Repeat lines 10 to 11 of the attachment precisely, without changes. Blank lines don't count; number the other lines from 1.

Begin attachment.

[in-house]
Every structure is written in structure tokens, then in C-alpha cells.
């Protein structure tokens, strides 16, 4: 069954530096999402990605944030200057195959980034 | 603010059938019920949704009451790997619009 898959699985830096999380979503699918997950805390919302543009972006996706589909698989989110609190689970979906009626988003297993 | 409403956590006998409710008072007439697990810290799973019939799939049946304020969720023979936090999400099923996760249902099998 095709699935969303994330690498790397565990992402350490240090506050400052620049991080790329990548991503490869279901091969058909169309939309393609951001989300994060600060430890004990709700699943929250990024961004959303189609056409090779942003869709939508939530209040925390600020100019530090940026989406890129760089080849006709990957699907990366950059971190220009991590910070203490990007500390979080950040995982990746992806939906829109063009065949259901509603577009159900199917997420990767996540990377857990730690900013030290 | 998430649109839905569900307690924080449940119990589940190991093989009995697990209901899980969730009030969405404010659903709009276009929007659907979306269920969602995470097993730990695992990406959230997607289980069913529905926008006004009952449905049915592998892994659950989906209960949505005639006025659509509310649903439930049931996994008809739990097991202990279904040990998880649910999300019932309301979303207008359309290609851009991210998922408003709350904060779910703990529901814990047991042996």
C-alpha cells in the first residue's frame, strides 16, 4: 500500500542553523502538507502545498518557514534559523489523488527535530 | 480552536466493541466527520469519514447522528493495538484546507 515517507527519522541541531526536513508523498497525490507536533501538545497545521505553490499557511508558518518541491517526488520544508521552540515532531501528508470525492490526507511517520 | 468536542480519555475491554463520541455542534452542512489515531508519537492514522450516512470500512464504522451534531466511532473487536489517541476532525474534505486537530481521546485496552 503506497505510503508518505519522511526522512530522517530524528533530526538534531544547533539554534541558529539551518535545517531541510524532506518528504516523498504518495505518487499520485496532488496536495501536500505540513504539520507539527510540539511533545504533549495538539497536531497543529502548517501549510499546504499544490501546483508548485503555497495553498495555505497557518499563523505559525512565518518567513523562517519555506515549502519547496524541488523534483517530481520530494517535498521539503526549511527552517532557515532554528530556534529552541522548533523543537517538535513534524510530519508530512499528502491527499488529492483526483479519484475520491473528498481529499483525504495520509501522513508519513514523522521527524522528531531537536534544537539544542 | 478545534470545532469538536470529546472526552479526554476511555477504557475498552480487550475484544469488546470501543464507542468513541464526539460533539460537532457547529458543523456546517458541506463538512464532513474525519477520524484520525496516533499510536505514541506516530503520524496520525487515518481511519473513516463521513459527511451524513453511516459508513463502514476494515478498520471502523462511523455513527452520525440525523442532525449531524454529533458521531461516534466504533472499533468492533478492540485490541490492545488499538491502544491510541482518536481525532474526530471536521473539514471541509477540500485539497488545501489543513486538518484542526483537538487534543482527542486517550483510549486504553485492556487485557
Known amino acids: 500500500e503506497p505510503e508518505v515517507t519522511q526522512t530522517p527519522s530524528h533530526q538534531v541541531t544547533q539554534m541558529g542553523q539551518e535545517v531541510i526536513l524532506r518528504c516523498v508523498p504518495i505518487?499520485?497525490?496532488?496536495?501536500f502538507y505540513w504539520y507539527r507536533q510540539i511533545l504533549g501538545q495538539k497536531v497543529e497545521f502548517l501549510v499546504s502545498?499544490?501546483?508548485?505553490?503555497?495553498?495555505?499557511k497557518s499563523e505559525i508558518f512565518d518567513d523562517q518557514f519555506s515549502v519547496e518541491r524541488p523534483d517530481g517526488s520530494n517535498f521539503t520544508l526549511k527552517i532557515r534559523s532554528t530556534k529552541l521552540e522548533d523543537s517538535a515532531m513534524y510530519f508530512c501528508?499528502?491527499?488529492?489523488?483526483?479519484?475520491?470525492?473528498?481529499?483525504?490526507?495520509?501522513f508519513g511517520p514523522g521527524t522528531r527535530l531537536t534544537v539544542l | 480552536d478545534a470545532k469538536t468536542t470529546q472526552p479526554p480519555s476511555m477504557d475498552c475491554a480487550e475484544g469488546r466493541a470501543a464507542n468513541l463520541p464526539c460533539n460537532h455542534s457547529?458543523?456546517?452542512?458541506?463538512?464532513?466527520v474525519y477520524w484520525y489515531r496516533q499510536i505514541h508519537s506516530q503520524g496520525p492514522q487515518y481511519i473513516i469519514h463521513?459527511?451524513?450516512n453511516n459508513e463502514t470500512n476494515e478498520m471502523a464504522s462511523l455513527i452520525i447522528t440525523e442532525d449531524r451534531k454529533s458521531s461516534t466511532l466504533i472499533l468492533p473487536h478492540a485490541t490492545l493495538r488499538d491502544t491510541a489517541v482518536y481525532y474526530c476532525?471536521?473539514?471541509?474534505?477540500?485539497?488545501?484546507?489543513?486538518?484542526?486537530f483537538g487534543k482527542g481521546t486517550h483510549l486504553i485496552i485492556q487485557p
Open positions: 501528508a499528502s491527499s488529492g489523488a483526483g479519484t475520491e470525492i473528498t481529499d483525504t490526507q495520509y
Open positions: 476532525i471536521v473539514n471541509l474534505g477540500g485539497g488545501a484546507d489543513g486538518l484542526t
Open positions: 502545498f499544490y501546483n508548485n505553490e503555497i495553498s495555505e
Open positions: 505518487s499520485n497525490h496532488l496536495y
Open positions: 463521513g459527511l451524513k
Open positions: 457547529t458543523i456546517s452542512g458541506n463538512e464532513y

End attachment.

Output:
Open positions: 463521513g459527511l451524513k
Open positions: 457547529t458543523i456546517s452542512g458541506n463538512e464532513y